WellSpan Pediatric Medicine Physicians across Central Pa. are seeing upper respiratory infections that are negative for COVID-19 in the younger population, ages six to 18 months.
They are also seeing acute gastroenteritis, asthma, allergy and eczema exacerbations, and COVID-19.
The CVS MinuteClinic in York saw patients with upper respiratory infections that were negative for COVID-19. They also saw patients with strep throat.
Penn Medicine Lancaster General Health Physicians Roseville Pediatrics reports coughing, runny noses, diarrhea, painful urination, sinusitis and ongoing cases of COVID-19.
Dr. Joan Thode offered the following advice about sinusitis:
“Sinusitis is a term indicating an infection within the sinuses. Sinuses are spaces within the skull bones of the face that are connected to the nasal air passages.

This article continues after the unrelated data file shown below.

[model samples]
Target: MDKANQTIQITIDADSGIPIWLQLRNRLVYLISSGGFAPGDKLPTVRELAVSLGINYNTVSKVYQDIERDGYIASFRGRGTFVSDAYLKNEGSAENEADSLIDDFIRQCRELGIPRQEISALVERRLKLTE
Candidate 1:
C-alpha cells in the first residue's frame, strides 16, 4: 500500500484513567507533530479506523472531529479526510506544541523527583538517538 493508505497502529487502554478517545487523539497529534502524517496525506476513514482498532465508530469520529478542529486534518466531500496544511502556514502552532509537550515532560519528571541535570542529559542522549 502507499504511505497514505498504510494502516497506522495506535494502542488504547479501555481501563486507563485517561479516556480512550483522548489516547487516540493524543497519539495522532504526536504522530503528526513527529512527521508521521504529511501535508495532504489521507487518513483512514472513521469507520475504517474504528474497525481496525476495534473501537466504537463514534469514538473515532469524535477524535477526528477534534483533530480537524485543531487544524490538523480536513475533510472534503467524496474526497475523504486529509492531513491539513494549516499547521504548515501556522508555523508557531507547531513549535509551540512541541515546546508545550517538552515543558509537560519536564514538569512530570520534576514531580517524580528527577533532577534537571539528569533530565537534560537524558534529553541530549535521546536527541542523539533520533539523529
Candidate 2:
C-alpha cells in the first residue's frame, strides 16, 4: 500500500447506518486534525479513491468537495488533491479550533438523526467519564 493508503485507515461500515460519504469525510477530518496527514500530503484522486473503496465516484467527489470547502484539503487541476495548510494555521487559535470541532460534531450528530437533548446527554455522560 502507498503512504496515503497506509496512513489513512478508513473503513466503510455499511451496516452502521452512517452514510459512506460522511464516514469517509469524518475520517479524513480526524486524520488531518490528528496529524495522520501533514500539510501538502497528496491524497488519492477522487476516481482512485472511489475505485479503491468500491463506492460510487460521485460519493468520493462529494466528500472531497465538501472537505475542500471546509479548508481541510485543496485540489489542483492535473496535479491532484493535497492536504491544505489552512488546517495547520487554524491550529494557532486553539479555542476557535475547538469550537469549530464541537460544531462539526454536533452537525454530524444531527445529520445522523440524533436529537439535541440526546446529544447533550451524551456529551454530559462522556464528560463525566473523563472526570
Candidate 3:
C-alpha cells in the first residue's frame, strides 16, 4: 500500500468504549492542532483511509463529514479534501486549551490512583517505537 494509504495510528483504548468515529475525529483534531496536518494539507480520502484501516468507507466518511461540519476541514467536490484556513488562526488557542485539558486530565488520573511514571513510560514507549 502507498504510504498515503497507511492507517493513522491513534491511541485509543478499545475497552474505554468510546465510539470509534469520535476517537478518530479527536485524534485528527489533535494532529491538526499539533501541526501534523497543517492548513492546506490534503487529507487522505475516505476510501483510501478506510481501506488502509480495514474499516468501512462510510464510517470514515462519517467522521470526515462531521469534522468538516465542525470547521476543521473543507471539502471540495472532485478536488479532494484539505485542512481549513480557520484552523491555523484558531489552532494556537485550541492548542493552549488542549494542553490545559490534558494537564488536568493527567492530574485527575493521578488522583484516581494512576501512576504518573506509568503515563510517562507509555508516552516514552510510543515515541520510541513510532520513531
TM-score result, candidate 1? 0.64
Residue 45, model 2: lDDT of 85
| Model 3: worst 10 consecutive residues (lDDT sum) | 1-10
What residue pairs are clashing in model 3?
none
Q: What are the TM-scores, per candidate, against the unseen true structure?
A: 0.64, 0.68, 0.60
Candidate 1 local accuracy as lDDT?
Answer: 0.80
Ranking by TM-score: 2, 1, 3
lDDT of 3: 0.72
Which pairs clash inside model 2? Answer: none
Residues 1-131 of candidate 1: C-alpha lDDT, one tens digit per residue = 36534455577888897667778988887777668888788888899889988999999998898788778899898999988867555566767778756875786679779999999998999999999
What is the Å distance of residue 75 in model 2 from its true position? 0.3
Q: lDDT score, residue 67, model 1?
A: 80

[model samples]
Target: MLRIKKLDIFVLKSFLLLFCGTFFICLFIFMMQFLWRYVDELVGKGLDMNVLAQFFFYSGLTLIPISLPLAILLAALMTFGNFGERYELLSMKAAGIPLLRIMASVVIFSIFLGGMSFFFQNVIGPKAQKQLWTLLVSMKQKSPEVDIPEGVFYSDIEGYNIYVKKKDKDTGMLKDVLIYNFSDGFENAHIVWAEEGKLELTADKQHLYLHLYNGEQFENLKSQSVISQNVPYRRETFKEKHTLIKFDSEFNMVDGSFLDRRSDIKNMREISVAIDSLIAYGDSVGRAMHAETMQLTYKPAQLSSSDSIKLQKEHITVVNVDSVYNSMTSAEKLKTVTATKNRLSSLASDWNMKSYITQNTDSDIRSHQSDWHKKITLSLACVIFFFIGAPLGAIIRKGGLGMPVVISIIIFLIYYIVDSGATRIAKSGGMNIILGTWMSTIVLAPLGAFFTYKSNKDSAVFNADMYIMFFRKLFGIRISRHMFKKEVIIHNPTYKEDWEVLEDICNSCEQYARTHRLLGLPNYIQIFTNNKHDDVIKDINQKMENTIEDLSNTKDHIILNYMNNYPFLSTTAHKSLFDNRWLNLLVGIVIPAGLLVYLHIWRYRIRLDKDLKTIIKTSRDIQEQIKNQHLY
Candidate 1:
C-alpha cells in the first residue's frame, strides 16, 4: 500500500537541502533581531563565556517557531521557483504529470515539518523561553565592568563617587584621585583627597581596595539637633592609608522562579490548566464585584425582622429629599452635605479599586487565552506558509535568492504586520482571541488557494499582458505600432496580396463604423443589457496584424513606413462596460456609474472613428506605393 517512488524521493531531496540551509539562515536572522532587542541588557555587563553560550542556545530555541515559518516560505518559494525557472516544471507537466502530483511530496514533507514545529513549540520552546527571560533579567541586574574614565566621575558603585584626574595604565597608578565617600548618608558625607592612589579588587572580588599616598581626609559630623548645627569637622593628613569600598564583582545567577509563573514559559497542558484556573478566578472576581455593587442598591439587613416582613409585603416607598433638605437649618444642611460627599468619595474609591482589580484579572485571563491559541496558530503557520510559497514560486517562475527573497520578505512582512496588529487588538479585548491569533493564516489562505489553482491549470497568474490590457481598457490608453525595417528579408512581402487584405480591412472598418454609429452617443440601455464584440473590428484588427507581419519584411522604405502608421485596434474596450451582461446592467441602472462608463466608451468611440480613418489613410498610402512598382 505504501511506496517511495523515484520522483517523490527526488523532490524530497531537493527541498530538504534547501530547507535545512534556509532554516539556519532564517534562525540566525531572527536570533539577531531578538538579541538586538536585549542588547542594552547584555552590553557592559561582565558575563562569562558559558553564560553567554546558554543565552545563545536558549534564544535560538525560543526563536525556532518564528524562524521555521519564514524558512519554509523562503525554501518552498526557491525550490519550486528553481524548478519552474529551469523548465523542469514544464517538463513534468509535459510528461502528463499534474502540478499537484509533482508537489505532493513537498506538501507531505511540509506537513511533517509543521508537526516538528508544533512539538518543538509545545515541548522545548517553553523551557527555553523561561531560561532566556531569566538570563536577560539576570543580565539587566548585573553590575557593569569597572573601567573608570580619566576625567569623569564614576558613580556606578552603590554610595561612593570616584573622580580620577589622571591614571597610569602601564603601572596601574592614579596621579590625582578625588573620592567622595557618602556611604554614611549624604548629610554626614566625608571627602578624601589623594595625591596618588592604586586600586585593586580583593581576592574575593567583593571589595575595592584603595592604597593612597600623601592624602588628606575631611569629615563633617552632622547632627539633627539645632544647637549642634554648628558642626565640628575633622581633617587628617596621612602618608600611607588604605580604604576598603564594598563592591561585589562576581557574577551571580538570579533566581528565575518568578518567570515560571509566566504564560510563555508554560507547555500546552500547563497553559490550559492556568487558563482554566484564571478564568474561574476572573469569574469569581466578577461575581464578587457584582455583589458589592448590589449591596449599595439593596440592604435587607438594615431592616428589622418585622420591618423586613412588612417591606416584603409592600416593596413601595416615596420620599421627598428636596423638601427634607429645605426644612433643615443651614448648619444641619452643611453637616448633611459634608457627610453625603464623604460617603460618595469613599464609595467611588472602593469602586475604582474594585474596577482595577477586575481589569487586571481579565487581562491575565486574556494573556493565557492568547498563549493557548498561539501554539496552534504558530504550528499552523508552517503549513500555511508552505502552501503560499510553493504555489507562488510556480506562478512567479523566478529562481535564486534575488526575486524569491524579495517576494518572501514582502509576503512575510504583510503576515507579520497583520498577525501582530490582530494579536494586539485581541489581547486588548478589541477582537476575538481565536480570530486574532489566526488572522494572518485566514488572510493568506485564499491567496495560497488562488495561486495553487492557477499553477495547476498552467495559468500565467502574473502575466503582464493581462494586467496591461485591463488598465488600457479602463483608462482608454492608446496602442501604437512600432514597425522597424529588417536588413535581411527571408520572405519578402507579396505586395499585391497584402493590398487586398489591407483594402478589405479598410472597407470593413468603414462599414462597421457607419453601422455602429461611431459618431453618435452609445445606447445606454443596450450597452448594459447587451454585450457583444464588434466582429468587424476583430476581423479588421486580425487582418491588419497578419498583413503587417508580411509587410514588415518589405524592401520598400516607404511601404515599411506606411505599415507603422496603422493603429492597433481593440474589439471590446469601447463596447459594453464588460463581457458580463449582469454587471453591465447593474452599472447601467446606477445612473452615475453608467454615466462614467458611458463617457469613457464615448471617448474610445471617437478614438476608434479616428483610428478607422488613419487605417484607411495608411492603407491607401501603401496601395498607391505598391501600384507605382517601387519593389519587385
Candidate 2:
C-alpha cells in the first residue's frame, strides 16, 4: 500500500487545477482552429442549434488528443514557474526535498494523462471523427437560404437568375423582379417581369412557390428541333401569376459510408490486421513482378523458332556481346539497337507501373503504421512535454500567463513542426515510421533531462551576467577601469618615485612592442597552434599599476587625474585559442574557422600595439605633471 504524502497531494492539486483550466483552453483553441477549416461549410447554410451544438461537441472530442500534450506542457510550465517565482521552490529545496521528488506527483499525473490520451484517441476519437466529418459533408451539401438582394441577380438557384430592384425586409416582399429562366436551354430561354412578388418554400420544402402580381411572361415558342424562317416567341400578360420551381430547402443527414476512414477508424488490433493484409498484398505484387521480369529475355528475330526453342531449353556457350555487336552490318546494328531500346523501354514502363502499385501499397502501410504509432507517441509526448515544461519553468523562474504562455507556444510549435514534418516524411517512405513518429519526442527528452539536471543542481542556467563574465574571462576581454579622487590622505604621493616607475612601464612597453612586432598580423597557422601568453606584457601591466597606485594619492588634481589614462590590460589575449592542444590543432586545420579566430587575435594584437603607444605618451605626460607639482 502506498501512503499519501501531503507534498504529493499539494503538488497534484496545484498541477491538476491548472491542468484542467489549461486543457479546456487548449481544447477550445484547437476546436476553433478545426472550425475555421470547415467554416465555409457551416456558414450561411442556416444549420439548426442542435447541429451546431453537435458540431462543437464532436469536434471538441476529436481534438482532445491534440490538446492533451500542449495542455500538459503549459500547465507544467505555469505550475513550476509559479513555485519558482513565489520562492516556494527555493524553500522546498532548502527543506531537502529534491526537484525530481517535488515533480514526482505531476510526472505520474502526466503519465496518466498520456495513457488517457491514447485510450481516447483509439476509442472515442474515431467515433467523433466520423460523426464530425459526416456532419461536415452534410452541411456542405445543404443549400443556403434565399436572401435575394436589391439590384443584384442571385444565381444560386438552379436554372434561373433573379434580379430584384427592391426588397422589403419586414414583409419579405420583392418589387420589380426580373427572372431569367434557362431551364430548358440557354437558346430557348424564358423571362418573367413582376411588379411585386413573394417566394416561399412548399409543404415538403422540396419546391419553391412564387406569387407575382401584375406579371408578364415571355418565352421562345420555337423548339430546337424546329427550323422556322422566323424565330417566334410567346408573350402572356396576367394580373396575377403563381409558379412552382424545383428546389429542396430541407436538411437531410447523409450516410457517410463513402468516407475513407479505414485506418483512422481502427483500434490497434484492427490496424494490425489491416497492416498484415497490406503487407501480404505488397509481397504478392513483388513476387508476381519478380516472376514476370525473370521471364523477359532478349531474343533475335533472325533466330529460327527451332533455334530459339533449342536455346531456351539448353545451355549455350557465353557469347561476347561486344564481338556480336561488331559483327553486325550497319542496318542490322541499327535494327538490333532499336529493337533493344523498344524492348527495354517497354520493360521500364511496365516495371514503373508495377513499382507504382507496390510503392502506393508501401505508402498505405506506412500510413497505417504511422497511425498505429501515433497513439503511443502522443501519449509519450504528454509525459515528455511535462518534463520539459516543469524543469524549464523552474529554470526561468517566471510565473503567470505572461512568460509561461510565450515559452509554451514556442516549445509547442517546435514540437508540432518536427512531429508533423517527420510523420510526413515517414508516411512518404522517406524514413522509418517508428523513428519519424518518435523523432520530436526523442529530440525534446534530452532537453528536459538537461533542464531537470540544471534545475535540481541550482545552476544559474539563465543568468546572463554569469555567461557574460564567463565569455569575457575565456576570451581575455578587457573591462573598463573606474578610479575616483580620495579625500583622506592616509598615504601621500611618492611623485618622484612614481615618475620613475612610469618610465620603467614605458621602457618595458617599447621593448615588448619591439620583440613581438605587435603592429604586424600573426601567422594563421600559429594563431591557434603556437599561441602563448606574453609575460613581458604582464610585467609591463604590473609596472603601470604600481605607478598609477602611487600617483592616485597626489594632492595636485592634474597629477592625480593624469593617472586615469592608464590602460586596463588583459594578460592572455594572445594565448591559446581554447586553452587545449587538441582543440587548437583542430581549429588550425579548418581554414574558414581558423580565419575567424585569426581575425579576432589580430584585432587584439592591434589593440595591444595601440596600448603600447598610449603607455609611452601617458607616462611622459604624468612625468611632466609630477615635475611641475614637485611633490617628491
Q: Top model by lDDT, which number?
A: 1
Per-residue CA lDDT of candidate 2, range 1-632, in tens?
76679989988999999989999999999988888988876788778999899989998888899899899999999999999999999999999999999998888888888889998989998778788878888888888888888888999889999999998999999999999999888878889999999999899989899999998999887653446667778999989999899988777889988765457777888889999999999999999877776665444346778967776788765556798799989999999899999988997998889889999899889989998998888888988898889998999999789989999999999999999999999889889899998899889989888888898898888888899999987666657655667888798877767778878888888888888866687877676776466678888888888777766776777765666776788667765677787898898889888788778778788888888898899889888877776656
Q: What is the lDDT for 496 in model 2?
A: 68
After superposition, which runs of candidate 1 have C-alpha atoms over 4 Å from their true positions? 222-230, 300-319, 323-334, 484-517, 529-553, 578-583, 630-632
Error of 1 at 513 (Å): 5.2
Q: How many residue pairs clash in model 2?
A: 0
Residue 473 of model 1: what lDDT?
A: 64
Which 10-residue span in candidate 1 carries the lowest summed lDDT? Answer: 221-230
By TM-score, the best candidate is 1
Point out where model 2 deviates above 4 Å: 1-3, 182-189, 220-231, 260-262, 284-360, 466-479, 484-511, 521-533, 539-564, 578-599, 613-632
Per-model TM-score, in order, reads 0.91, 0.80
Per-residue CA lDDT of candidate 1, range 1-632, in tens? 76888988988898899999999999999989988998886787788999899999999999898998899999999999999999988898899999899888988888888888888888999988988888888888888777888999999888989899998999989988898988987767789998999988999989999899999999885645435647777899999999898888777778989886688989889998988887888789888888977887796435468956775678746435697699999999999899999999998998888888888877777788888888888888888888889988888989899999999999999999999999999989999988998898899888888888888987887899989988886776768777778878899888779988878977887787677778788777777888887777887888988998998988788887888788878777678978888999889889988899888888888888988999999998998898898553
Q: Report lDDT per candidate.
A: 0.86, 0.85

Mucous builds up in the nasal passages during a viral cold, also filling the sinuses. If that mucous sits there long enough, the bacteria that naturally live on the lining of the sinuses could start growing on the mucous, creating a bacterial sinus infection.
This process takes at least 10 days, however, so even if your child’s nasal congestion seems to get thicker or turn colors, if your child has been symptomatic for fewer than 10 days, the thicker mucous is due to the immune system’s fighting the virus, rather than a secondary infection in the sinuses.”
Pediatricians at Penn State Children’s Hospital continue to see COVID-19, and this week there has been a slight uptick in kids with colds. Penn State Health Medical Group locations in Cumberland County are also seeing a lot of colds.